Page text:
Lessons in Leadership (Great Generals)
St. Martin's Griffin, 9780230114258, 224pp.
Publication Date: October 25, 2011
General George C. Marshall was a skillful and compassionate leader with a unique legacy. He never fired a shot during WWII and led no troops into battle—his brilliance was purely strategic and diplomatic, and incredibly effective. He was responsible for the building, supplying, and, in part, the deployment of over eight million soldiers. In 1947, as Secretary of State, he created the Marshall Plan, a sweeping economic recovery effort that pulled the war-shattered European nations out of ruin, and gave impetus to NATO and the European Common Market. It was for the Marshall Plan that he won the Nobel Peace Prize—the only time in history a military commander has ever been awarded this honor.
Marshall's skilled combination of military strategy and politics, emphasis on planning as well as execution, and his expertise in nation-building holds lessons for military and civilian leaders today.
About the Author
Historian Alan Axelrod is the author of the business bestsellers Patton on Leadership and Elizabeth I, CEO, the Great Generals series books Patton, Bradley, and Marshall, and many books on American and military history. He lives in Atlanta, Georgia.
General Wesley K. Clark served in the United States Army for thirty-four years and rose to the rank of four-star general as NATO's Supreme Allied Commander, Europe. He is author of the best selling books Waging Modern War and Winning Modern Wars. He lives in Little Rock, Arkansas.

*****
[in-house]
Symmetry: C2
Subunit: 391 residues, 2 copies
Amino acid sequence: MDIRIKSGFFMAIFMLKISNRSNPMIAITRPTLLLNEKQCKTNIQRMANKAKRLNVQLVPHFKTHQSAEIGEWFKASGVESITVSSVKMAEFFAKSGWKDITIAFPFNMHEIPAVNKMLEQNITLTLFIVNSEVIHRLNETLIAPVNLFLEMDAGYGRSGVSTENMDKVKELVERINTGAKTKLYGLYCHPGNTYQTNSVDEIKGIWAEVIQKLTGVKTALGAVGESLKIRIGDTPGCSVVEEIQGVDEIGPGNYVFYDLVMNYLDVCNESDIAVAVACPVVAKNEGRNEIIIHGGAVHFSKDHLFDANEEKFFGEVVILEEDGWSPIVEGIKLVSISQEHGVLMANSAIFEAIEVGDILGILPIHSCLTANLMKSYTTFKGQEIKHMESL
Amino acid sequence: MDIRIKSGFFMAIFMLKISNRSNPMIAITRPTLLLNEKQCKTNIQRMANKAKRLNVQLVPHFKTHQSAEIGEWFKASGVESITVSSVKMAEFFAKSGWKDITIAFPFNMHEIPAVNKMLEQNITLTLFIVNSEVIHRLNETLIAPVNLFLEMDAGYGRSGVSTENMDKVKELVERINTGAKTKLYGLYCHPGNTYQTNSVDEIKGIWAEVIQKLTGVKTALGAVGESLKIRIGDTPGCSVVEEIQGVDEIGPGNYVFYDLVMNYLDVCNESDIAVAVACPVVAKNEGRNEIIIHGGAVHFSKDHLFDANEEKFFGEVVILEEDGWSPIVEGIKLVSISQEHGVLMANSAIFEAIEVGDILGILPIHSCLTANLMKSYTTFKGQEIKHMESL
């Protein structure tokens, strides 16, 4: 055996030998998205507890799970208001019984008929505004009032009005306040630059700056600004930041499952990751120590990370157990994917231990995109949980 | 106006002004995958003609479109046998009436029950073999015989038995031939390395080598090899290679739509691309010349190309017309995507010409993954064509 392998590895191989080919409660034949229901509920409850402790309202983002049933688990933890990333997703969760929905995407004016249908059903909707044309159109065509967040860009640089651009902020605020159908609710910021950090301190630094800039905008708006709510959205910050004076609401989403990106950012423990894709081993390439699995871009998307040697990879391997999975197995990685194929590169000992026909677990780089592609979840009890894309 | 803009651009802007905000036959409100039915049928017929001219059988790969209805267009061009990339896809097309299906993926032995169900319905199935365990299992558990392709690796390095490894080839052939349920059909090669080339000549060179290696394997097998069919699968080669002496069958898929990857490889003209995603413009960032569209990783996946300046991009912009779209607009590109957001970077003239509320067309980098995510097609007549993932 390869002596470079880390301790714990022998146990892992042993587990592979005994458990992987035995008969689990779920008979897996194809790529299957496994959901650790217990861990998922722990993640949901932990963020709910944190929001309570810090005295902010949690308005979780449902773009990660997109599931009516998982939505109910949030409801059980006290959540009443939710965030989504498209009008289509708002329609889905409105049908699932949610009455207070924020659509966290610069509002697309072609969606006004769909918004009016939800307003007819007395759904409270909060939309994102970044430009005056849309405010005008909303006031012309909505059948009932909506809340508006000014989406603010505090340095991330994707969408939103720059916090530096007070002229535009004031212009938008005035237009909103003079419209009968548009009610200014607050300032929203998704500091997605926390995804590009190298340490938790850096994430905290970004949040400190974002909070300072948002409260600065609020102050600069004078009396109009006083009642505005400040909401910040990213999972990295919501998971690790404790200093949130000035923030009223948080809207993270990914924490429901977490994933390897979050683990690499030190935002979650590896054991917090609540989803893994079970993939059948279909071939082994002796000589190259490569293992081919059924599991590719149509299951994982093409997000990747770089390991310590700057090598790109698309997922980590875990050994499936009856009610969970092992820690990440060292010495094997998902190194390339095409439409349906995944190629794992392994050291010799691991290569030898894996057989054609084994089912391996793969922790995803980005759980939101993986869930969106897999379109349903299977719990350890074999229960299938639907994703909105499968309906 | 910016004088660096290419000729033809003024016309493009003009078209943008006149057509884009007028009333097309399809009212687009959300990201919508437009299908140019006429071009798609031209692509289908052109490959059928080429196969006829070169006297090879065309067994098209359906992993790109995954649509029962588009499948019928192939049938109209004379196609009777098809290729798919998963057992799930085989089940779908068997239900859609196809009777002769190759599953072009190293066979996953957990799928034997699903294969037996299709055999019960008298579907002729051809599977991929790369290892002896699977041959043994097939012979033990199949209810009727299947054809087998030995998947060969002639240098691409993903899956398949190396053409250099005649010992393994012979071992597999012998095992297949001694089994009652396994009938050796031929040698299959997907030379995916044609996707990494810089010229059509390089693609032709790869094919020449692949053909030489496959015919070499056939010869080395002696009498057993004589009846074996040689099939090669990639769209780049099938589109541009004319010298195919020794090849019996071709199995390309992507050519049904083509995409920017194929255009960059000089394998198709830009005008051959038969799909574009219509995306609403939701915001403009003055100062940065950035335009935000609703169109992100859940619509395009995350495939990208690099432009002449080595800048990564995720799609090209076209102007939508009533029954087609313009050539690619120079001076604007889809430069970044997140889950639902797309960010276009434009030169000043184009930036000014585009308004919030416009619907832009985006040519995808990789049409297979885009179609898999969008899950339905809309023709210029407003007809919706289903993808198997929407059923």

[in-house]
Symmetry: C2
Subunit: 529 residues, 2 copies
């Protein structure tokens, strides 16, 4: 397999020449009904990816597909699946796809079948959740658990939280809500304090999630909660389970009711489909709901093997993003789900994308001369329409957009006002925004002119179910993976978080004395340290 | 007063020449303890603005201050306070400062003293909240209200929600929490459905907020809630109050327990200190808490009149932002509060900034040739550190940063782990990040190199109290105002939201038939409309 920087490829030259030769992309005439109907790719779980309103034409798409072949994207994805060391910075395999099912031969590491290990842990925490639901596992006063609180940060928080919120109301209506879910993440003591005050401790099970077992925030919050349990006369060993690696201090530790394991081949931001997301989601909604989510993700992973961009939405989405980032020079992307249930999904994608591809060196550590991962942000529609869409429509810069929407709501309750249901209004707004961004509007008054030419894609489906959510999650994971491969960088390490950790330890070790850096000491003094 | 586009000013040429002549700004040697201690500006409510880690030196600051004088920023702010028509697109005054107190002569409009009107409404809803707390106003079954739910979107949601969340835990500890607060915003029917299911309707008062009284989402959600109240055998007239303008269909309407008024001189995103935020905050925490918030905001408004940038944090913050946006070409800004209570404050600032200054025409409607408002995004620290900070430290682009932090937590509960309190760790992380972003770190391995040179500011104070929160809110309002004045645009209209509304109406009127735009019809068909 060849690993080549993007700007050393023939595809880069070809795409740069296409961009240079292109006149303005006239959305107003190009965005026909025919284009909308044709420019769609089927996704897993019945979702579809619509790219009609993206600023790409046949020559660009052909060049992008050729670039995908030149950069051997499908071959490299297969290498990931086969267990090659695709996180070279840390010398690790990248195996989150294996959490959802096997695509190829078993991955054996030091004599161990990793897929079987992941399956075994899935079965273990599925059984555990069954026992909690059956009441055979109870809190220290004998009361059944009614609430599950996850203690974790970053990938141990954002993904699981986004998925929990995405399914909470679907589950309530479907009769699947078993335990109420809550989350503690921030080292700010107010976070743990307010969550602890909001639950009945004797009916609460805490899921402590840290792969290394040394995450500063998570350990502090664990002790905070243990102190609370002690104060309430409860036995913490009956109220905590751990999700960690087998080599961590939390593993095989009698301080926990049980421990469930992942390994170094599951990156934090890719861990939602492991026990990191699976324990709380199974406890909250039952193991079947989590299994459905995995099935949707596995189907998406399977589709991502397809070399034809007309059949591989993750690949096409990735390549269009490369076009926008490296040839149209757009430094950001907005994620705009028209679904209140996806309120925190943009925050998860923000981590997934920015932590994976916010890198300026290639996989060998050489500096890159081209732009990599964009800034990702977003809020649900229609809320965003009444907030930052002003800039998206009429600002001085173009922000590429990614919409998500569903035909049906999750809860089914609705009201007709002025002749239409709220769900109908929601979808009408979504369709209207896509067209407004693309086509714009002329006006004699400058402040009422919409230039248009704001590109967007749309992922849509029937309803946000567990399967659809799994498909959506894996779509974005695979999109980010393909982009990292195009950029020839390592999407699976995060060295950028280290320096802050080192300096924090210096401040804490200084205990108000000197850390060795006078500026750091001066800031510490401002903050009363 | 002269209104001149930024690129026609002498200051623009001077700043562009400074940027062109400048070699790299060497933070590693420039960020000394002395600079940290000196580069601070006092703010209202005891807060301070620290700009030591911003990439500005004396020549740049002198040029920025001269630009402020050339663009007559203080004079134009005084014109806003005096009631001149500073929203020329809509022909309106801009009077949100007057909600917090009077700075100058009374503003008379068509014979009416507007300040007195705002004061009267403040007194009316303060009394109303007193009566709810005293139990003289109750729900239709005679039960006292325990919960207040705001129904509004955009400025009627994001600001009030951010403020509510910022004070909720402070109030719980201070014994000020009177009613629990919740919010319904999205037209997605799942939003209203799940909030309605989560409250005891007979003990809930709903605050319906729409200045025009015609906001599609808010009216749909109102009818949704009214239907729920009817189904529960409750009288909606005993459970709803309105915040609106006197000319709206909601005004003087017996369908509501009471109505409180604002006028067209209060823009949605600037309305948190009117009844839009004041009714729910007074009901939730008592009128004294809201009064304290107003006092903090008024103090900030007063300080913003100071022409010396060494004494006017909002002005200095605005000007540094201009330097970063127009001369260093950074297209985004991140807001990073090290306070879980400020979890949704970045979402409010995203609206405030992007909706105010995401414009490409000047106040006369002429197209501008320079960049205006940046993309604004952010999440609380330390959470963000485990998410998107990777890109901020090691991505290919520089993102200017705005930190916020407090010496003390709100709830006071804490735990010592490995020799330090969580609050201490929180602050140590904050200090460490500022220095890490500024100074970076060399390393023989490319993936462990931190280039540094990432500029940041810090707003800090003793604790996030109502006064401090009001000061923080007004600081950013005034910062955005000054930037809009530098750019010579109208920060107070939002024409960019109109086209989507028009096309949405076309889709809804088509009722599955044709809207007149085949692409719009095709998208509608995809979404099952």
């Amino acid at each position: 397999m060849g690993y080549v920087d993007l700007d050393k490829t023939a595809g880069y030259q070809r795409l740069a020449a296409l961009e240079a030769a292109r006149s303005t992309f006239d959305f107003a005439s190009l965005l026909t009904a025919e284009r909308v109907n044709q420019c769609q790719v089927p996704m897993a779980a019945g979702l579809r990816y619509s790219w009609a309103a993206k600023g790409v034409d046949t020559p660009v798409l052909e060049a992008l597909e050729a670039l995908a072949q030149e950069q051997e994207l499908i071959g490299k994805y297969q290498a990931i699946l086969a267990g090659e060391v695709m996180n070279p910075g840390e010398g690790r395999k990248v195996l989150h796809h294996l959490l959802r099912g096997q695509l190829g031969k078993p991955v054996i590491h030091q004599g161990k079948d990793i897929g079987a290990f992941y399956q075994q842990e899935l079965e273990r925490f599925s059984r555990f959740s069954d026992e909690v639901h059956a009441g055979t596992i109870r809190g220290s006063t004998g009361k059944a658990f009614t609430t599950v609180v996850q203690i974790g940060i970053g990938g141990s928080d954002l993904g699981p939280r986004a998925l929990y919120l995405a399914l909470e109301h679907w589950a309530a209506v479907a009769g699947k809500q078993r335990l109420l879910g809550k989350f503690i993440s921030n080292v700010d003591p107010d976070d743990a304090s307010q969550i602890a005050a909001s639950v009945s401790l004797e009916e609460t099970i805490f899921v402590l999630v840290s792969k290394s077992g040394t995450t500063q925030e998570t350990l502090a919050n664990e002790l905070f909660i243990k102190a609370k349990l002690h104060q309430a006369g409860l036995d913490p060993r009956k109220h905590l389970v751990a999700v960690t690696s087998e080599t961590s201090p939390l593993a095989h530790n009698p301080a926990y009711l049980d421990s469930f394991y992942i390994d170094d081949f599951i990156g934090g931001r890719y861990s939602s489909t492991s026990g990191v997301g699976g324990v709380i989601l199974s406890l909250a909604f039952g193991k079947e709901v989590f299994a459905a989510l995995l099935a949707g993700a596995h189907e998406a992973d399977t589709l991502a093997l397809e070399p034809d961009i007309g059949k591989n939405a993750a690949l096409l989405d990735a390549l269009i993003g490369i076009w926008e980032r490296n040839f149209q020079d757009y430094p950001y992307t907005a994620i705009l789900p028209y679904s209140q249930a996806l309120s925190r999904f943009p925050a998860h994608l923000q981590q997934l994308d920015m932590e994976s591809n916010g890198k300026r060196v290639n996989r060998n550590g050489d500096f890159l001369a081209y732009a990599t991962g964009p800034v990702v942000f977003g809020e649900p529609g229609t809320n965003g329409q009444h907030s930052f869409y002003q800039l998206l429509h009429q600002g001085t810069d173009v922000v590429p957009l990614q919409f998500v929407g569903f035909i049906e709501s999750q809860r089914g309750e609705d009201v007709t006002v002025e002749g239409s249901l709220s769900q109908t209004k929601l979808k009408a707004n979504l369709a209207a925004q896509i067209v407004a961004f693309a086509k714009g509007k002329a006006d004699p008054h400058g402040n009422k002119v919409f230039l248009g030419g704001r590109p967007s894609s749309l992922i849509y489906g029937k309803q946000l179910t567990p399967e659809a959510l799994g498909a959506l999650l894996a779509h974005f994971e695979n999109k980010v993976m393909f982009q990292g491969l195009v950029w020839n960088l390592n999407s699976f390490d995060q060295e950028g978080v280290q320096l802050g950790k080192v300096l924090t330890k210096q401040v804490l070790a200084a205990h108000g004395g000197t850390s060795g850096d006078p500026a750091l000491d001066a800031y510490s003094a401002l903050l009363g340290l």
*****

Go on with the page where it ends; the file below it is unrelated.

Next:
Praise For Marshall: Lessons in Leadership (Great Generals)…
“Jeffers presents a compelling portrait of one of our nation's most accomplished and inspirational leaders. His book should be studied by students of military history, diplomacy and leadership alike.” —Brian D. Shaw, President, The George C. Marshall Foundation
“Jeffers adds to an already stellar reputation with this concise biography of one of the nations' top military figures. Jeffers shows how Marshall's love of country and emphasis on teamwork held together a wartime coalition often threatened by the explosive personalities of Patton, Montgomery, and others. In doing so, Marshall made as significant a contribution to victory as any field commander.” —John Wukovits, author of One Square Mile of Hell: The Battle for Tarawa
“An excellent introduction to a man whose service to his nation will remain the measure for generations to come.” —Kenneth Mandel, Emmy-winning director of George Marshall and the American Century